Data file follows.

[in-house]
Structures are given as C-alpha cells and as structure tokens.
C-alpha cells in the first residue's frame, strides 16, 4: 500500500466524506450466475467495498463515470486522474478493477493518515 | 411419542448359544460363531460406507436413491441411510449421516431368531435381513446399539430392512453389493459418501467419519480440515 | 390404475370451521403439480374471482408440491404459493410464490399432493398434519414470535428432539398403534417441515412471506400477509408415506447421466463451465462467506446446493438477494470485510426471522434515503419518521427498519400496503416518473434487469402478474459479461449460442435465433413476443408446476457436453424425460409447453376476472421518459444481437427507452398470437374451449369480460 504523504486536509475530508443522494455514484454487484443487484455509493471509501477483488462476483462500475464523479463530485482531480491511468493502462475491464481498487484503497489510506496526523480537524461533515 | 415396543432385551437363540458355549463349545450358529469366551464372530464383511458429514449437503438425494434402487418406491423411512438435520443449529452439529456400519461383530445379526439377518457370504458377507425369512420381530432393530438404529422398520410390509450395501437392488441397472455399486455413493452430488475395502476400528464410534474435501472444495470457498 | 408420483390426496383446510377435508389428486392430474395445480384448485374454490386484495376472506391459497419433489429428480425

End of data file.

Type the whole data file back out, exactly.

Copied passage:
[in-house]
Structures are given as C-alpha cells and as structure tokens.
C-alpha cells in the first residue's frame, strides 16, 4: 500500500466524506450466475467495498463515470486522474478493477493518515 | 411419542448359544460363531460406507436413491441411510449421516431368531435381513446399539430392512453389493459418501467419519480440515 | 390404475370451521403439480374471482408440491404459493410464490399432493398434519414470535428432539398403534417441515412471506400477509408415506447421466463451465462467506446446493438477494470485510426471522434515503419518521427498519400496503416518473434487469402478474459479461449460442435465433413476443408446476457436453424425460409447453376476472421518459444481437427507452398470437374451449369480460 504523504486536509475530508443522494455514484454487484443487484455509493471509501477483488462476483462500475464523479463530485482531480491511468493502462475491464481498487484503497489510506496526523480537524461533515 | 415396543432385551437363540458355549463349545450358529469366551464372530464383511458429514449437503438425494434402487418406491423411512438435520443449529452439529456400519461383530445379526439377518457370504458377507425369512420381530432393530438404529422398520410390509450395501437392488441397472455399486455413493452430488475395502476400528464410534474435501472444495470457498 | 408420483390426496383446510377435508389428486392430474395445480384448485374454490386484495376472506391459497419433489429428480425